The two committees, one appointed by the state on recommendation of the high court and the other directly by the court, had given key long term suggestions to improve the road conditions in Mumbai.
These included establishing a strong penalty system on contractors, imposing mandatory
conditions of site testing of materials, sending roads department staff for specialised training and also taking steps to break the cartel of contractors.
But, many of these have been stuck at the planning stage, delayed due to bureaucratic red tape or their implementation has been thwarted by the contractor-official-politician nexus that runs deep in the city's road contracts.
“The 2006 road monitoring committee reports had mentioned the control that a cartel of contractors had in bagging road contracts. But, there was no action to ensure that such corrupt practises end,” said Nandkumar Salvi, former civic roads engineer who was a member of the HC-appointed panel.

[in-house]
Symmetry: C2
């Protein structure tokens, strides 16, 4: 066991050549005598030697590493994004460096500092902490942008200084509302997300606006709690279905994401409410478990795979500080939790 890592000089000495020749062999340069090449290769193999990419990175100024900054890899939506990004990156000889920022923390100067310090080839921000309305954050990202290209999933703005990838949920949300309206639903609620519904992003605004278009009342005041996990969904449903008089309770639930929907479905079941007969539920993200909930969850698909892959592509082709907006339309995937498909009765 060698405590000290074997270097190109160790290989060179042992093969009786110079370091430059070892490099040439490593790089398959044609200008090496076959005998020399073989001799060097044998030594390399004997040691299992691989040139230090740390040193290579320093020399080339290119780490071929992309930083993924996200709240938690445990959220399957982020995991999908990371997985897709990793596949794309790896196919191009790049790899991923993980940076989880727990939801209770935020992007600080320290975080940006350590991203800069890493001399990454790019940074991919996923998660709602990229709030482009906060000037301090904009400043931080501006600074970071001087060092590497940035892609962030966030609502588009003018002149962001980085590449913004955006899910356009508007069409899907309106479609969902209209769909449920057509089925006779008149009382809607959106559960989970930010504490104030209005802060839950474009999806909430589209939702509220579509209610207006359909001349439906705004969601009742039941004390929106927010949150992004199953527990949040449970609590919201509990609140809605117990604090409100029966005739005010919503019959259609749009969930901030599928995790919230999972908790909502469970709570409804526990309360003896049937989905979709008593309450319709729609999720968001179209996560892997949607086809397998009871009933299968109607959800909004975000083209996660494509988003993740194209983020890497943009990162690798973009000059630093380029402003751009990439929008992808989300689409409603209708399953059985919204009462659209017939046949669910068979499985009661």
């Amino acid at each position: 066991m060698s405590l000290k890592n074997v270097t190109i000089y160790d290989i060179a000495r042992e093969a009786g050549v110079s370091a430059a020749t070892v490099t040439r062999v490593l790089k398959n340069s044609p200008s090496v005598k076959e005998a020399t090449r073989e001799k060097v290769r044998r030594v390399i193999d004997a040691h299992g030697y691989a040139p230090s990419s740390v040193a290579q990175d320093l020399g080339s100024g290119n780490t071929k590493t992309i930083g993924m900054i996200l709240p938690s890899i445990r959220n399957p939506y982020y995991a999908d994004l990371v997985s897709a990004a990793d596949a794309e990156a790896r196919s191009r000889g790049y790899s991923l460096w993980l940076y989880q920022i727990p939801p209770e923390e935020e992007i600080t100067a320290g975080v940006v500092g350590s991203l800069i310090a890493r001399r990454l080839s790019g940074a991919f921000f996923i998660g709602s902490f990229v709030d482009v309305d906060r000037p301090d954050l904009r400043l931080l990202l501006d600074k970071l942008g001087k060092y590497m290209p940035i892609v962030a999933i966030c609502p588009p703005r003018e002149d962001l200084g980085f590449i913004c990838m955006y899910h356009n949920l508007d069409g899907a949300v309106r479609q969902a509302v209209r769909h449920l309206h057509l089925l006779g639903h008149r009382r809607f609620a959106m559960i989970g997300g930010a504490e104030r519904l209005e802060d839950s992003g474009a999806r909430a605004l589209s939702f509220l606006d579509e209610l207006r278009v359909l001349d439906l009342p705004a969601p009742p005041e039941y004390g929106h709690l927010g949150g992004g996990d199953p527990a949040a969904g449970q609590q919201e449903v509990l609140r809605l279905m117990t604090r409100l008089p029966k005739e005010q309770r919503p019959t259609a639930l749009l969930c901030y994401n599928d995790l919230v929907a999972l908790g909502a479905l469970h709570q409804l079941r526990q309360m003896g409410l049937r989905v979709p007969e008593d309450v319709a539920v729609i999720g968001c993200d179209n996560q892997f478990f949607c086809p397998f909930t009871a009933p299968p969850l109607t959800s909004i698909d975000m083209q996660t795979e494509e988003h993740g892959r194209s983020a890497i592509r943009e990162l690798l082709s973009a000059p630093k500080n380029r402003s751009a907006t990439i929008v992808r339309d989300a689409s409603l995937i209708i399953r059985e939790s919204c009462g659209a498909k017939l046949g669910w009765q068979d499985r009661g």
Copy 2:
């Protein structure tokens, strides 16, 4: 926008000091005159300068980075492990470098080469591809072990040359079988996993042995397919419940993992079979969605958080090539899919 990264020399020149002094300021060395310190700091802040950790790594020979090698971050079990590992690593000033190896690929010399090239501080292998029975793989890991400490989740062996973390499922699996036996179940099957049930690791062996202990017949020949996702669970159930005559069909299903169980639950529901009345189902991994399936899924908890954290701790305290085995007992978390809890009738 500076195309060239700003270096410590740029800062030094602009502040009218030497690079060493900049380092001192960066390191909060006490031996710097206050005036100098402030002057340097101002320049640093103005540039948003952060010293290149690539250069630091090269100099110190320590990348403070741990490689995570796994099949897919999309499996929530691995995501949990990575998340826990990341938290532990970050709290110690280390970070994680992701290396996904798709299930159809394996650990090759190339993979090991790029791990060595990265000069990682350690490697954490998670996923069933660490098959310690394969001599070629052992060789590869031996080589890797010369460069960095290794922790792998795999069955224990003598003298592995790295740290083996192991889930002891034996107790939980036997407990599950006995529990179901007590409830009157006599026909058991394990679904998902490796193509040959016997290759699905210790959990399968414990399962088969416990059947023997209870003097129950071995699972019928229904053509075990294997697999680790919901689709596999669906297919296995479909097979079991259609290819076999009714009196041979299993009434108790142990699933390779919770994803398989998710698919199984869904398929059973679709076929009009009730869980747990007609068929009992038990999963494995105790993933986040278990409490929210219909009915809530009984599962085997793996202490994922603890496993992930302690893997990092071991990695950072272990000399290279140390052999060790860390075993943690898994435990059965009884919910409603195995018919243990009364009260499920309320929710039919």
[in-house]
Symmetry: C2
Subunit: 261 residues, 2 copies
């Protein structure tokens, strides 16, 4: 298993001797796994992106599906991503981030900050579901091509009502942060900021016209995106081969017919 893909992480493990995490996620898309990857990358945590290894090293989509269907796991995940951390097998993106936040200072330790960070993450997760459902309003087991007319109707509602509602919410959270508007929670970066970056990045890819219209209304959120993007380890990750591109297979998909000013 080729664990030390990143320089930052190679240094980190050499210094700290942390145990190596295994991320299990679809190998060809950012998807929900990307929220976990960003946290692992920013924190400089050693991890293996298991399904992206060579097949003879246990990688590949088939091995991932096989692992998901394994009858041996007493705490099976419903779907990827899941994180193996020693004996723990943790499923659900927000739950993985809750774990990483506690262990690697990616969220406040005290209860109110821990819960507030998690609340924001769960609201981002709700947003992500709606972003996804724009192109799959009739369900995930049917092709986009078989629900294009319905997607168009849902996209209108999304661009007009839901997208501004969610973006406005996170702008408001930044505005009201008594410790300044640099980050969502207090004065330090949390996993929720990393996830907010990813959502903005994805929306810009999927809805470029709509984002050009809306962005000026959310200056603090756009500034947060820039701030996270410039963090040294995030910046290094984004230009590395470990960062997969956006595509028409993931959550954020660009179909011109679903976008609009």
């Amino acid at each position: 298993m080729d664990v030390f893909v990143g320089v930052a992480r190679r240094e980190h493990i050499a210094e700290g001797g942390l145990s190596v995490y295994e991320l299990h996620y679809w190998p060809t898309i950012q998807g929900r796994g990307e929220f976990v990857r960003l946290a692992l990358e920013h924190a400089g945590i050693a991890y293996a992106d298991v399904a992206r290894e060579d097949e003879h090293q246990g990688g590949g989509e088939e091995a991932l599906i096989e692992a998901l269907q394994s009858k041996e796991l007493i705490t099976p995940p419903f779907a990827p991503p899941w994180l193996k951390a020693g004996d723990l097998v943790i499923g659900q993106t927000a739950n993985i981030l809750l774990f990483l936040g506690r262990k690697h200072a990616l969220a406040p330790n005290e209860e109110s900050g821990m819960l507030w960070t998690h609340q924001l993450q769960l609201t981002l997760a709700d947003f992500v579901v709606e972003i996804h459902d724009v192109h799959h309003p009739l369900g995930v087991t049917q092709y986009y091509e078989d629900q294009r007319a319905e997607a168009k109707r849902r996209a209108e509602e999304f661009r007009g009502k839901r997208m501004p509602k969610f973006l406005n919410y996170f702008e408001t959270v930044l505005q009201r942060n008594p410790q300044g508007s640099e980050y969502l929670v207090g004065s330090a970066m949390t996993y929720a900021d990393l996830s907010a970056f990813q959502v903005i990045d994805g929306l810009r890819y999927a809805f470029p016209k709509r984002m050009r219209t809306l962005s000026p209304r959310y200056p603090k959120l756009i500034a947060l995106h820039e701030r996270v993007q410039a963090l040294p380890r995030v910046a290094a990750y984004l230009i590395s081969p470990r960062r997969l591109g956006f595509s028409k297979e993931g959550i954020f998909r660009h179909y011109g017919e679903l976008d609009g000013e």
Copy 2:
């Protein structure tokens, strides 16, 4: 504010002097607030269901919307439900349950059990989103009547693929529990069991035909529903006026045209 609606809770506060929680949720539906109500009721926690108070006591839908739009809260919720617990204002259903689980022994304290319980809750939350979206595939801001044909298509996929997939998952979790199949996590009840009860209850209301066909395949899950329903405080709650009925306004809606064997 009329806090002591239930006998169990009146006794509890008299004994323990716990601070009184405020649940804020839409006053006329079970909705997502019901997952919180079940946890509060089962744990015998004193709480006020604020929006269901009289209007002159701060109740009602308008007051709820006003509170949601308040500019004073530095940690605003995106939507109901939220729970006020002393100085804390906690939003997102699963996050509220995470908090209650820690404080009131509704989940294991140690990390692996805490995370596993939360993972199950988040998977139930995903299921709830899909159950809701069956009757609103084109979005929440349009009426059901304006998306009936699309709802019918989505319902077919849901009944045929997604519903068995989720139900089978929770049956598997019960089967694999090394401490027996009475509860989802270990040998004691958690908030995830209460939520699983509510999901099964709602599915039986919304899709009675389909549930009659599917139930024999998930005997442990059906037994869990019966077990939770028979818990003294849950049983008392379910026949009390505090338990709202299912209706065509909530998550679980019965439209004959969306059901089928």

In 2011, chief minister Prithviraj Chavan had also issued directions to the Brihanmumbai Municipa Corporation (BMC) to make systemic improvements to better the roads. But, lack of administrative will ensured that few of these were implemented.
“All the long-term recommendations that could be there are in place, but what has been seriously lacking is their implementation,” said NV Merani who chaired the state-appointed Standing Technical Advisory Committee that came out with a report in 2004 with 79 detailed recommendations.
However, experts felt that intervention from the high court was the only way to ensure that the civic officials follow norms
“When the road monitoring committee was functional for a year, improvements were noted in the way work was carried out, ”said Sudhir Badami, an activist and member of the 2006 HC-appointed panel.
Badami said there was a need for such committees of citizens and activists to be permanently set by the high court so that norms pertaining to quality and technique in road work are followed.
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